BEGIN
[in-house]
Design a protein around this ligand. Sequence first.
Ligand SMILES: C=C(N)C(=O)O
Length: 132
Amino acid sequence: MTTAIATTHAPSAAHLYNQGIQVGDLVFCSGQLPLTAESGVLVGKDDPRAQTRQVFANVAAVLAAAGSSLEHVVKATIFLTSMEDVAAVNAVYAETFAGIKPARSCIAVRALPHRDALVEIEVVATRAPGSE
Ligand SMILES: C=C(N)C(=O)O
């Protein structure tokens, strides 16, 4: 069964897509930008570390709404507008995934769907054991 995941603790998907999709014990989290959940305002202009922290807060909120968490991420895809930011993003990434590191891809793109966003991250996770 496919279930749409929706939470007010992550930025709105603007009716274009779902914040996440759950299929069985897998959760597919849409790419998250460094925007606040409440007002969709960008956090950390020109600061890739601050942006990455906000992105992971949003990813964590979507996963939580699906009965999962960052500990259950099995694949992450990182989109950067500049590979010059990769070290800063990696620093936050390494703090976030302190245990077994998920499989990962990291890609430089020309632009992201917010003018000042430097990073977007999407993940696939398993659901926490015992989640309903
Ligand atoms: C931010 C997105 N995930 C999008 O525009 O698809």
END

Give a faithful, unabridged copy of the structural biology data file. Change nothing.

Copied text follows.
[in-house]
Design a protein around this ligand. Sequence first.
Ligand SMILES: C=C(N)C(=O)O
Length: 132
Amino acid sequence: MTTAIATTHAPSAAHLYNQGIQVGDLVFCSGQLPLTAESGVLVGKDDPRAQTRQVFANVAAVLAAAGSSLEHVVKATIFLTSMEDVAAVNAVYAETFAGIKPARSCIAVRALPHRDALVEIEVVATRAPGSE
Ligand SMILES: C=C(N)C(=O)O
């Protein structure tokens, strides 16, 4: 069964897509930008570390709404507008995934769907054991 995941603790998907999709014990989290959940305002202009922290807060909120968490991420895809930011993003990434590191891809793109966003991250996770 496919279930749409929706939470007010992550930025709105603007009716274009779902914040996440759950299929069985897998959760597919849409790419998250460094925007606040409440007002969709960008956090950390020109600061890739601050942006990455906000992105992971949003990813964590979507996963939580699906009965999962960052500990259950099995694949992450990182989109950067500049590979010059990769070290800063990696620093936050390494703090976030302190245990077994998920499989990962990291890609430089020309632009992201917010003018000042430097990073977007999407993940696939398993659901926490015992989640309903
Ligand atoms: C931010 C997105 N995930 C999008 O525009 O698809």